The company formerly known as Hyperloop Technologies is now called Hyperloop One.
On Tuesday, the company marked its progress toward building a full-scale hyperloop with the unexpected moniker switch. The name change comes just before Hyperloop One, which received $80 million in a second round of funding, readies to showcase its propulsion system in a open-air test just outside of Las Vegas on Wednesday.
Hyperloop technology, which proposes using passengers pods pushed at nearly the speed of sound, was thrust into the public spotlight when Tesla's Elon Musk issued a 58-page report on its potential in August 2013. Unfortunately, the guy has been too busy to dedicate time to the project.
Don't confuse Hyperloop One with its competitor, Hyperloop Transportation Technologies.
HTT is expected to begin construction of a full-scale track across a 5-mile section of California's Central Valley in the near future. The company will use passive magnetic levitation technology as a propulsion system.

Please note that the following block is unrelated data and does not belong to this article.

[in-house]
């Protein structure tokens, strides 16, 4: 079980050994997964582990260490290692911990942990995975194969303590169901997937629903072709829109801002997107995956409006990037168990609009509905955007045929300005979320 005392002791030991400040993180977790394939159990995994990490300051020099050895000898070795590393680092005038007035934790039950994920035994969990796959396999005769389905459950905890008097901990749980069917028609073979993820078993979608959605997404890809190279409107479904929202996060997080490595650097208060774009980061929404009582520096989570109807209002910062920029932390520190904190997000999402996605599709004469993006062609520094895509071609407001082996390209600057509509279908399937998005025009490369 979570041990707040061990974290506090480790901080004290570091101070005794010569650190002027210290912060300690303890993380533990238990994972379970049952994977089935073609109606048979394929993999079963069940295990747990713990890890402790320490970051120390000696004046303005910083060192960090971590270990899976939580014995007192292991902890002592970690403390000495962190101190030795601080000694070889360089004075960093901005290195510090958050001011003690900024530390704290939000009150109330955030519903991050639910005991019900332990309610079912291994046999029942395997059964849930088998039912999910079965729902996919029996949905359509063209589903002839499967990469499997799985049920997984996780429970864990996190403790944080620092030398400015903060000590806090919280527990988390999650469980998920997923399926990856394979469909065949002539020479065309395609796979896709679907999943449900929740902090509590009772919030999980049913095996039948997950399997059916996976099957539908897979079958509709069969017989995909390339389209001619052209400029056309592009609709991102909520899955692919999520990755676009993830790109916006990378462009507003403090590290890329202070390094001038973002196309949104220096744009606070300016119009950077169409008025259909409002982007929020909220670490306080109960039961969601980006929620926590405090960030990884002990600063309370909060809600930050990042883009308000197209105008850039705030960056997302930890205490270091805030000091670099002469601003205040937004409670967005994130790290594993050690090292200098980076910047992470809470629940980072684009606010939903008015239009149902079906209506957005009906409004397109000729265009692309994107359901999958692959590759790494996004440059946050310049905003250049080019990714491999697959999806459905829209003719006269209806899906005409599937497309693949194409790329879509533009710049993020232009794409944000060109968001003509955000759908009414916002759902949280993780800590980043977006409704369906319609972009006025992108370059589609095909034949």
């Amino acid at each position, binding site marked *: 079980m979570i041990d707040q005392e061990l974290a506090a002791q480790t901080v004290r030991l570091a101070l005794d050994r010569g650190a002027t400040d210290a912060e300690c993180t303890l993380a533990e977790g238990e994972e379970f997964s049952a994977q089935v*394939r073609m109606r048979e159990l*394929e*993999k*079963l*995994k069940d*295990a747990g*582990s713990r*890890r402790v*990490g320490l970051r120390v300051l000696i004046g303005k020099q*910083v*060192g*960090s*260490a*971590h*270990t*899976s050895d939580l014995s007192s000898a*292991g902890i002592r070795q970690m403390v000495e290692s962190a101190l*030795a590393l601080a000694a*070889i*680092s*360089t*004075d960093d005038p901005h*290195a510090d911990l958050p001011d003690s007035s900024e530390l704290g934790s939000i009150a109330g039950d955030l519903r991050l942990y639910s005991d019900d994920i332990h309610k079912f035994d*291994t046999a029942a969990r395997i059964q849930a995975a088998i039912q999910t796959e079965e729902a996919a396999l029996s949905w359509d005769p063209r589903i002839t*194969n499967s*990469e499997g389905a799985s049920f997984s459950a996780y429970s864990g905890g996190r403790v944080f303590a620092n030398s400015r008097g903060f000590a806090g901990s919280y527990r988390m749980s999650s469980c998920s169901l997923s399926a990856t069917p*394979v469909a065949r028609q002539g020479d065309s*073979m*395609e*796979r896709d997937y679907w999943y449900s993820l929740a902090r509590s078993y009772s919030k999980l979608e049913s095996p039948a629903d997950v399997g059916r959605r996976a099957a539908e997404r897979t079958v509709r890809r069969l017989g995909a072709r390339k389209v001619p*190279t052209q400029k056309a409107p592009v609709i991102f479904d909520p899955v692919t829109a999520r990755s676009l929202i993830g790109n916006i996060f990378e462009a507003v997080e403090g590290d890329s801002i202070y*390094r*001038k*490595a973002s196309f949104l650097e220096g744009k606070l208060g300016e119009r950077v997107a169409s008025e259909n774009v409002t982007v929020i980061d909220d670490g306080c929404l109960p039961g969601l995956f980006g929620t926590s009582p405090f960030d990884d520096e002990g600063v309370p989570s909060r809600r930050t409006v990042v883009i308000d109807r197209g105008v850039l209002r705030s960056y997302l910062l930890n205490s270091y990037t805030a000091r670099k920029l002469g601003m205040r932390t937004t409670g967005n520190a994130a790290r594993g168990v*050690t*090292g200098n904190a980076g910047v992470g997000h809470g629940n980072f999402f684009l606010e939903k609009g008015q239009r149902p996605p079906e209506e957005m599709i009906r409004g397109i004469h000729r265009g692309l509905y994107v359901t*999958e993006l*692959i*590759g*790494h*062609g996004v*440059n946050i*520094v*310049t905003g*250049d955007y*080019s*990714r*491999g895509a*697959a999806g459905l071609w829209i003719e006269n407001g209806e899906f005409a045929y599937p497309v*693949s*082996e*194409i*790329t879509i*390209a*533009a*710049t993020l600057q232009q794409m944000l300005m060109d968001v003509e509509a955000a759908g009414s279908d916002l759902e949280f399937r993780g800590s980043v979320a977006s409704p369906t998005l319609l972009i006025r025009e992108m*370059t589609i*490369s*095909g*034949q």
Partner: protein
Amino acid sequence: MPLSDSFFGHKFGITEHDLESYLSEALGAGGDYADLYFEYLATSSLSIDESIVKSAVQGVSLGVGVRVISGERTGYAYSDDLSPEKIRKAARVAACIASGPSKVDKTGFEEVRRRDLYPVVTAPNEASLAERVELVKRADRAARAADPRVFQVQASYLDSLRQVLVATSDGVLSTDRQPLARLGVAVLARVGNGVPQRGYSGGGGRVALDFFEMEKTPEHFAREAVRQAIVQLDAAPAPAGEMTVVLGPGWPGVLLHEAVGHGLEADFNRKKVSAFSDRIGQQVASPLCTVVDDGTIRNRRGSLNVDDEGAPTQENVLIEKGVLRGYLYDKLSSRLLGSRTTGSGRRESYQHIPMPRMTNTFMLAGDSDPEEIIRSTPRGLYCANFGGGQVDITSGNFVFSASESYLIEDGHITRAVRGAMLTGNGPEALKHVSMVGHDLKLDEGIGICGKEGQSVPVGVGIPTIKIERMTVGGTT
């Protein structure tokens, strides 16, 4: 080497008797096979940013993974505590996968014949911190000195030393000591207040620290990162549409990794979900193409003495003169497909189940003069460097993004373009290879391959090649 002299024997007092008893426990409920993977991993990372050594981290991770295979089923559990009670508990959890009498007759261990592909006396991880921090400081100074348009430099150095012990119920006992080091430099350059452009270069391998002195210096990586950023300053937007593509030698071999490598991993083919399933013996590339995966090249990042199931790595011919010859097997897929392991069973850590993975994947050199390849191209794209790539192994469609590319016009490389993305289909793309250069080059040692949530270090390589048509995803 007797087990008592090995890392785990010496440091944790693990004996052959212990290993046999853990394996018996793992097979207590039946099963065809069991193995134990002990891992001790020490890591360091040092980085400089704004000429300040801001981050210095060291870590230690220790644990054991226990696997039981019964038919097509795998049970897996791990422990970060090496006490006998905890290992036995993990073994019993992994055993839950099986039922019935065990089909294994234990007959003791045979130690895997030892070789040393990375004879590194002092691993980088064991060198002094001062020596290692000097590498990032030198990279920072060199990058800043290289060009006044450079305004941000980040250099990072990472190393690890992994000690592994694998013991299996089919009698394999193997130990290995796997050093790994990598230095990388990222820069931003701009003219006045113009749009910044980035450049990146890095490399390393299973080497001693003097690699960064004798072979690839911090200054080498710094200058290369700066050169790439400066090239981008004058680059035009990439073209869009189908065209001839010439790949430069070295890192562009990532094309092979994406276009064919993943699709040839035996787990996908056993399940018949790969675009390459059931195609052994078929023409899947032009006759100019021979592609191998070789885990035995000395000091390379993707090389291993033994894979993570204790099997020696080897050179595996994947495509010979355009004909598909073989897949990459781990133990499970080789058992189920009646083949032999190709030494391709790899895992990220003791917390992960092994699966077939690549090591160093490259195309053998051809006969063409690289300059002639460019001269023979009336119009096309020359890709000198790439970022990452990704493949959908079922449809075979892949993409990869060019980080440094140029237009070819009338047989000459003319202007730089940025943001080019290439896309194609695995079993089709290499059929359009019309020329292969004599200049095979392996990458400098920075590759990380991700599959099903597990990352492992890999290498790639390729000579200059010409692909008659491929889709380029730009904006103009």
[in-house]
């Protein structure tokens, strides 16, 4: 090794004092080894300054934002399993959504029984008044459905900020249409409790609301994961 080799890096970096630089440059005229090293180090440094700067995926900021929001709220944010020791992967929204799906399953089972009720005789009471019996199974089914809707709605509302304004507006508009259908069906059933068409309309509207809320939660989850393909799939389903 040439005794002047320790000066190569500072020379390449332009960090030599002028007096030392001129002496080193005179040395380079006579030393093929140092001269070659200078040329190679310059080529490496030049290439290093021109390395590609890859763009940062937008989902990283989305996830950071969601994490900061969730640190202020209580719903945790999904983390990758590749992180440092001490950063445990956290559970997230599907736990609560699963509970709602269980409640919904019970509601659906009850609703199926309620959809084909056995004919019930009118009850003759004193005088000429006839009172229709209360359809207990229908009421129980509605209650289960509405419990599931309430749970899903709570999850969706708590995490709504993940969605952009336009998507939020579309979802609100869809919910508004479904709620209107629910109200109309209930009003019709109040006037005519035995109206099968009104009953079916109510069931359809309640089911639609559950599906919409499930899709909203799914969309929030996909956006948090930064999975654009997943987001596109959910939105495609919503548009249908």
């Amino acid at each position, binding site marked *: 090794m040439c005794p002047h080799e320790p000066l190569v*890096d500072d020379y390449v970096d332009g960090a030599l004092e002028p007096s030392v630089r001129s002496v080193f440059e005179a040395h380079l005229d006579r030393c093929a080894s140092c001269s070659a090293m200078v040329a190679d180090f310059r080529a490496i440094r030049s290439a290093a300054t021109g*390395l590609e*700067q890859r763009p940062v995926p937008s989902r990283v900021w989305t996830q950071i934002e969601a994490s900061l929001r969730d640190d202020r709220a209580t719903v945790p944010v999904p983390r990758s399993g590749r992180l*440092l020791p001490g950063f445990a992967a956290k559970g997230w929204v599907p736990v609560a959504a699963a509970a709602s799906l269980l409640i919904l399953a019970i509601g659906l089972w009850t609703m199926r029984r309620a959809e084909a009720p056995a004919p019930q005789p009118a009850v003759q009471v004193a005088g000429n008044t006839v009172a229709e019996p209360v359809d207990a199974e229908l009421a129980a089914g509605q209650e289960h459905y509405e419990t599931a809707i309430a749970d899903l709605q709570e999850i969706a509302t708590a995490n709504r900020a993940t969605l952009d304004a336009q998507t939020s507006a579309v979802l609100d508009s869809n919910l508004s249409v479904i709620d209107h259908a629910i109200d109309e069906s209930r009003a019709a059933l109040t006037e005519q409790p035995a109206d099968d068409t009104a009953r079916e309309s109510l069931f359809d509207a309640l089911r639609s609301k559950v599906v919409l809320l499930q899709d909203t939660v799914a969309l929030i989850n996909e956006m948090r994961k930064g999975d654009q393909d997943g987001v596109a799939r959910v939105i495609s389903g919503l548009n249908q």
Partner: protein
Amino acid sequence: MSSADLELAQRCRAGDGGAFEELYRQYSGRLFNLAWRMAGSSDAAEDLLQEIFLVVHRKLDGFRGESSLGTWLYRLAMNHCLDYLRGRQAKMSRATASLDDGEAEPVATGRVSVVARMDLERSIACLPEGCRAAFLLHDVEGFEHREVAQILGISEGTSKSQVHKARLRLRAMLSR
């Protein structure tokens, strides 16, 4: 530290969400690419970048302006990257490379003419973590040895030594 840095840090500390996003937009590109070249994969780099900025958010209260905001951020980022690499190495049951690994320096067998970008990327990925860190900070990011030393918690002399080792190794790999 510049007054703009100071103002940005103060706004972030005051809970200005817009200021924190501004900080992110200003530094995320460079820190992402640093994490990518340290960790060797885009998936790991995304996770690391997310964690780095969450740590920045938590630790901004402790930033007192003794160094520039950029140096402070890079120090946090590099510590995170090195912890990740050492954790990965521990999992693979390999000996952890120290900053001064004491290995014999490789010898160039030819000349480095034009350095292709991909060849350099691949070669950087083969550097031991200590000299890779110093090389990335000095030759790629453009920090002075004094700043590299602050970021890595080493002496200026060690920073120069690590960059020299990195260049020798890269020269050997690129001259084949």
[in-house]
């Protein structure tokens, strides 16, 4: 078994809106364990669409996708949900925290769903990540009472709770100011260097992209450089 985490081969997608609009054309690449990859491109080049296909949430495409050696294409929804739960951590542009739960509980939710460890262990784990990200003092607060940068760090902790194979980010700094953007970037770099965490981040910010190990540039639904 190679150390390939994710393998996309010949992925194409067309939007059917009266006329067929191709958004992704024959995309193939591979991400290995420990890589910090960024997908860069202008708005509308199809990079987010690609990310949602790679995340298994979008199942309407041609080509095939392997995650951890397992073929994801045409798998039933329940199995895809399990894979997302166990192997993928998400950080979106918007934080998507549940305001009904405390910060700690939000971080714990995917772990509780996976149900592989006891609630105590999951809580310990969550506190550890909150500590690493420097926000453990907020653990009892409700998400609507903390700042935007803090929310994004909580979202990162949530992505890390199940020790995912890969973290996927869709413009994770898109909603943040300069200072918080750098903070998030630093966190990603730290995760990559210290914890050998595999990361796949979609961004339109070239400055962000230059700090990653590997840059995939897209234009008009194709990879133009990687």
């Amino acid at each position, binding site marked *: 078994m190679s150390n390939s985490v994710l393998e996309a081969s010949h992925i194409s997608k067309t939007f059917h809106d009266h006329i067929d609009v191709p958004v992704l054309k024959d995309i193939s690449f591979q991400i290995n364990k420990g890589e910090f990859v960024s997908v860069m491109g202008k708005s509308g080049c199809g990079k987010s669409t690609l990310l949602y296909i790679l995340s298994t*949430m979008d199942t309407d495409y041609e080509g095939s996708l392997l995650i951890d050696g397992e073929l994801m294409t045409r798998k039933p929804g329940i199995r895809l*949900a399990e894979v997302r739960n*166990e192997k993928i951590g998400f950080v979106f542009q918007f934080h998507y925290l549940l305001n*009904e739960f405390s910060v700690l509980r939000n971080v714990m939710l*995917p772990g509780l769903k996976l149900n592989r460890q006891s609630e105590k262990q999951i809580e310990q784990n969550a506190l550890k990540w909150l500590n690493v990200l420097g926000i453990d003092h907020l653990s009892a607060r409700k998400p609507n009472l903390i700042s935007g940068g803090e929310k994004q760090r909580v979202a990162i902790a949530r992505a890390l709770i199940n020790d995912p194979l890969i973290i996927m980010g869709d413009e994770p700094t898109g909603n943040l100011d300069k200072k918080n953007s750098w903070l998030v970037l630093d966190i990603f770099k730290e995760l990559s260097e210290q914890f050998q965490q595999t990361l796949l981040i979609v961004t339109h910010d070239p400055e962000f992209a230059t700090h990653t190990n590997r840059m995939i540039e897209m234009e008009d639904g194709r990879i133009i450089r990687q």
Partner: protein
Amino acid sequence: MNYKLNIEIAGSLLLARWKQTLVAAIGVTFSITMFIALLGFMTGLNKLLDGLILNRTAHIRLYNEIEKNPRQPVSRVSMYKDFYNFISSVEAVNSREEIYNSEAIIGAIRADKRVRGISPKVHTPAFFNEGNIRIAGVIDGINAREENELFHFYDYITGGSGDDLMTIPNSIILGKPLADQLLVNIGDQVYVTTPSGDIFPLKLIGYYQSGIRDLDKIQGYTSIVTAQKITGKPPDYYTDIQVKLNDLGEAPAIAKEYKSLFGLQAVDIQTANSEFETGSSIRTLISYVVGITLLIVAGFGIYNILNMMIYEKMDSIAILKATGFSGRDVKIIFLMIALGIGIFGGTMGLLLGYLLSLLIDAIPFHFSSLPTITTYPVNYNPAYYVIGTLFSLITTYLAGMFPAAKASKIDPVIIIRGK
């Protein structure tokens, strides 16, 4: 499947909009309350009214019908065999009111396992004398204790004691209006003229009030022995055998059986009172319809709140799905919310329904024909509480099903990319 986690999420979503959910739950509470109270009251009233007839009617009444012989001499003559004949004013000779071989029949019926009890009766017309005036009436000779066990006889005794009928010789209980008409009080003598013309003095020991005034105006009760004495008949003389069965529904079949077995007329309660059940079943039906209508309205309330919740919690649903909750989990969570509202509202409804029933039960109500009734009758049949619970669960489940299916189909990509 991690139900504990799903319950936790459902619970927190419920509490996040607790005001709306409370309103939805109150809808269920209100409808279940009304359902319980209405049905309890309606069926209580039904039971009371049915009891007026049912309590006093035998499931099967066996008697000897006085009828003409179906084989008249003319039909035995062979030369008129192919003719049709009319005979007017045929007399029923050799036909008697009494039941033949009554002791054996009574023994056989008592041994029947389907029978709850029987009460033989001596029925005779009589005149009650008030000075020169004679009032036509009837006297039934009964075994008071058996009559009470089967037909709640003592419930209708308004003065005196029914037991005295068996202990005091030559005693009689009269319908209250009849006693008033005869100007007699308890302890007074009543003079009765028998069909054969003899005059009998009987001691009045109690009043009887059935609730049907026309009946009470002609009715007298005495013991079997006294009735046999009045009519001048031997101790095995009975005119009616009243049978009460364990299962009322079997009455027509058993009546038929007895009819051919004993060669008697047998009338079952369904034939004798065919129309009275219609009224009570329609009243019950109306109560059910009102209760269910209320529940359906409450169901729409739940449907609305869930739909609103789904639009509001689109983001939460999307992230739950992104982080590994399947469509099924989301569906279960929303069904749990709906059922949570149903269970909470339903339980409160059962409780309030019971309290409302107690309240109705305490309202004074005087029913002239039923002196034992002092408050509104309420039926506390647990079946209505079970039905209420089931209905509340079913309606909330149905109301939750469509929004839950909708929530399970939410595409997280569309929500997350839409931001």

Folks following hyperloop technology have been expecting one to connect Los Angeles and San Francisco, reducing a six-hour drive to a mere 30 minutes. Still, the technology will debut in Europe first. Feasibility studies are currently underway in Sweden, Finland and Switzerland.
Hyperloop One is also hoping to streamline cargo transportation between the ports of Long Beach and Los Angeles.
Think you can help make the hyperloop a reality? Individuals, companies and governments can compete in the Hyperloop One Global Challenge by designing transportation systems that use Hyperloop One technology. No word on what the prize is, but other science competitions like the Breakthrough Prize award millions of dollars annually.
Deadline for entry is September 15, 2016, with the winner being announced in March 2017.